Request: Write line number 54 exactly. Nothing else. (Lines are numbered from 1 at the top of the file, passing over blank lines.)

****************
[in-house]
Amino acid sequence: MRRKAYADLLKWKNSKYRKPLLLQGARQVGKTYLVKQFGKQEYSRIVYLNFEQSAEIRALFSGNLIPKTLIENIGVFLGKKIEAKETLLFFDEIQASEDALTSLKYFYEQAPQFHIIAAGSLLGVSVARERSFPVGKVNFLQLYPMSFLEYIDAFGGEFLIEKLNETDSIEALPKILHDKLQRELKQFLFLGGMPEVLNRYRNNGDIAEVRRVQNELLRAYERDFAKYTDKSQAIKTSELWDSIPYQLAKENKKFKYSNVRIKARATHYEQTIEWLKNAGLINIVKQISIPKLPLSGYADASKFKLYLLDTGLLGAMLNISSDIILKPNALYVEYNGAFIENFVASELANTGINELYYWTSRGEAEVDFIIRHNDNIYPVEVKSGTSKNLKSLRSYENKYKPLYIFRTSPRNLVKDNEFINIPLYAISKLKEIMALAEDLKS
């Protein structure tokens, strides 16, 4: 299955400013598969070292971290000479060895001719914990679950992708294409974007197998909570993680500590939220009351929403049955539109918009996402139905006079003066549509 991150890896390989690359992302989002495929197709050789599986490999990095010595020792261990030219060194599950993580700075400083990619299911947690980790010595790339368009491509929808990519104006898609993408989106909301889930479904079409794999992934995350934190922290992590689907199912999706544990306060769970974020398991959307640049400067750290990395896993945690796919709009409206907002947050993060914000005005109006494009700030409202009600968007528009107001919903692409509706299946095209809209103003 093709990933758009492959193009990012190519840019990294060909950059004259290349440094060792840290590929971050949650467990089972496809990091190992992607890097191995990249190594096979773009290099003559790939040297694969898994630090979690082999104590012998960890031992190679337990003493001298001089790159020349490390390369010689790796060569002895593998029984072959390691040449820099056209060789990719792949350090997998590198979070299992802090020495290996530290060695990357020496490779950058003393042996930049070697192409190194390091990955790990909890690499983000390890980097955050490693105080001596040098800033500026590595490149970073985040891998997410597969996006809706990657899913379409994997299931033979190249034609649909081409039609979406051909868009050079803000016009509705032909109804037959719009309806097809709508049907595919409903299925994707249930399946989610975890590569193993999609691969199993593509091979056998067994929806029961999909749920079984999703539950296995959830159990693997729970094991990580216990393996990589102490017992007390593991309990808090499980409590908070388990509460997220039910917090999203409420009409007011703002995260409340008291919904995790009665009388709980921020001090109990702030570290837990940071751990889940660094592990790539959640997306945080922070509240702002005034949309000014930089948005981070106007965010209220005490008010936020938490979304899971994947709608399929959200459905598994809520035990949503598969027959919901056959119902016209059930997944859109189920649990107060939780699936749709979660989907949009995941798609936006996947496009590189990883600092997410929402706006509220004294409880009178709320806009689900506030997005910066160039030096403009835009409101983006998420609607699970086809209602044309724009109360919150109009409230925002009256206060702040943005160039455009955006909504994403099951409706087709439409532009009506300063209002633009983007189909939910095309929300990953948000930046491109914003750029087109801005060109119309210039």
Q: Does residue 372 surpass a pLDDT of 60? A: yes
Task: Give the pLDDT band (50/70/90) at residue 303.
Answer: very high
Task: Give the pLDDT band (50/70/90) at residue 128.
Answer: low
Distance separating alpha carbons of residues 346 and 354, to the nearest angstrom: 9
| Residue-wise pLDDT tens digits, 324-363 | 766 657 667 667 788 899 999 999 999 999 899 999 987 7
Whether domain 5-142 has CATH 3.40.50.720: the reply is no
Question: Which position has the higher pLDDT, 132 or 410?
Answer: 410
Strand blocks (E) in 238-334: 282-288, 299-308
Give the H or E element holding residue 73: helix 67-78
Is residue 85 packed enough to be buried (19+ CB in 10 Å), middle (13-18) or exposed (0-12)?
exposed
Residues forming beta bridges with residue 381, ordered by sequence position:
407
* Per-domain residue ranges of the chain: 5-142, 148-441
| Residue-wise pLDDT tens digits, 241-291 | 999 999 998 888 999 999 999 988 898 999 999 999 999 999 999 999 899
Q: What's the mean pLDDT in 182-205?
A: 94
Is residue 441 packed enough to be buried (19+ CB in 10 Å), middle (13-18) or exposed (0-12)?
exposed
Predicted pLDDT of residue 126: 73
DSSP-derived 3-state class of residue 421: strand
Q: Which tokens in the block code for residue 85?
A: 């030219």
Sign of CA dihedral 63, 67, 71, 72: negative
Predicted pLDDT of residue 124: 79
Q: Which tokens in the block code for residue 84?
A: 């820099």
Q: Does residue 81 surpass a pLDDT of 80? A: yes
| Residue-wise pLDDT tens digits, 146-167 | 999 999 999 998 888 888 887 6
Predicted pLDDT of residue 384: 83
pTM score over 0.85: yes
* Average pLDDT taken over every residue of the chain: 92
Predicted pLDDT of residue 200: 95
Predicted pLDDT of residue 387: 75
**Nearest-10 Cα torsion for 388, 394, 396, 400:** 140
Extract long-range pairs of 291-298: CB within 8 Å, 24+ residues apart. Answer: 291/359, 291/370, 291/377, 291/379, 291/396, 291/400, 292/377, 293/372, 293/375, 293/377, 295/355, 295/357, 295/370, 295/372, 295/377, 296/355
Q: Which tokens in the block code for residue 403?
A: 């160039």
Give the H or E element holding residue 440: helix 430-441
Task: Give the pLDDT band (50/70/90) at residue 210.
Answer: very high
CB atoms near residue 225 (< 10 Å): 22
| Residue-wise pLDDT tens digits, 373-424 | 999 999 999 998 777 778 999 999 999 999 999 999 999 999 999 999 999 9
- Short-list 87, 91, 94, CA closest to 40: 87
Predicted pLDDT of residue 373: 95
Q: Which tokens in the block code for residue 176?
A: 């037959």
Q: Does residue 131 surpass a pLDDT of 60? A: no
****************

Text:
Q: Does residue 131 surpass a pLDDT of 60? A: no